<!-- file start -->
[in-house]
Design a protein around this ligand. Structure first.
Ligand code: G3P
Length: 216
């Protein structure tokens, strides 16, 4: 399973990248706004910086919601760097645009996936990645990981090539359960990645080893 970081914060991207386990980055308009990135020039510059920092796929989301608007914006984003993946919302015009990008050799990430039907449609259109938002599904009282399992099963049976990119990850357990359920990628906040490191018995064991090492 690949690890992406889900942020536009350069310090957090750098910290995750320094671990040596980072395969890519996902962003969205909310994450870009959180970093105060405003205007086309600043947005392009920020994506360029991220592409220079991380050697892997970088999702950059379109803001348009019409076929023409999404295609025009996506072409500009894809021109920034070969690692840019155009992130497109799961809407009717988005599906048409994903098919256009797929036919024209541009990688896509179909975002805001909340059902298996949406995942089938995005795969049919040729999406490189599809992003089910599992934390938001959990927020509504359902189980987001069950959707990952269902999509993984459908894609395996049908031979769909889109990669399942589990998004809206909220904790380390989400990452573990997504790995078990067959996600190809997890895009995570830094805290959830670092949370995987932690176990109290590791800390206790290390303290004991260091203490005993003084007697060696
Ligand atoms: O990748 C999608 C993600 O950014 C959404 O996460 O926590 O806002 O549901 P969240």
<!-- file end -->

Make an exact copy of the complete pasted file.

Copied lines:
[in-house]
Design a protein around this ligand. Structure first.
Ligand code: G3P
Length: 216
């Protein structure tokens, strides 16, 4: 399973990248706004910086919601760097645009996936990645990981090539359960990645080893 970081914060991207386990980055308009990135020039510059920092796929989301608007914006984003993946919302015009990008050799990430039907449609259109938002599904009282399992099963049976990119990850357990359920990628906040490191018995064991090492 690949690890992406889900942020536009350069310090957090750098910290995750320094671990040596980072395969890519996902962003969205909310994450870009959180970093105060405003205007086309600043947005392009920020994506360029991220592409220079991380050697892997970088999702950059379109803001348009019409076929023409999404295609025009996506072409500009894809021109920034070969690692840019155009992130497109799961809407009717988005599906048409994903098919256009797929036919024209541009990688896509179909975002805001909340059902298996949406995942089938995005795969049919040729999406490189599809992003089910599992934390938001959990927020509504359902189980987001069950959707990952269902999509993984459908894609395996049908031979769909889109990669399942589990998004809206909220904790380390989400990452573990997504790995078990067959996600190809997890895009995570830094805290959830670092949370995987932690176990109290590791800390206790290390303290004991260091203490005993003084007697060696
Ligand atoms: O990748 C999608 C993600 O950014 C959404 O996460 O926590 O806002 O549901 P969240």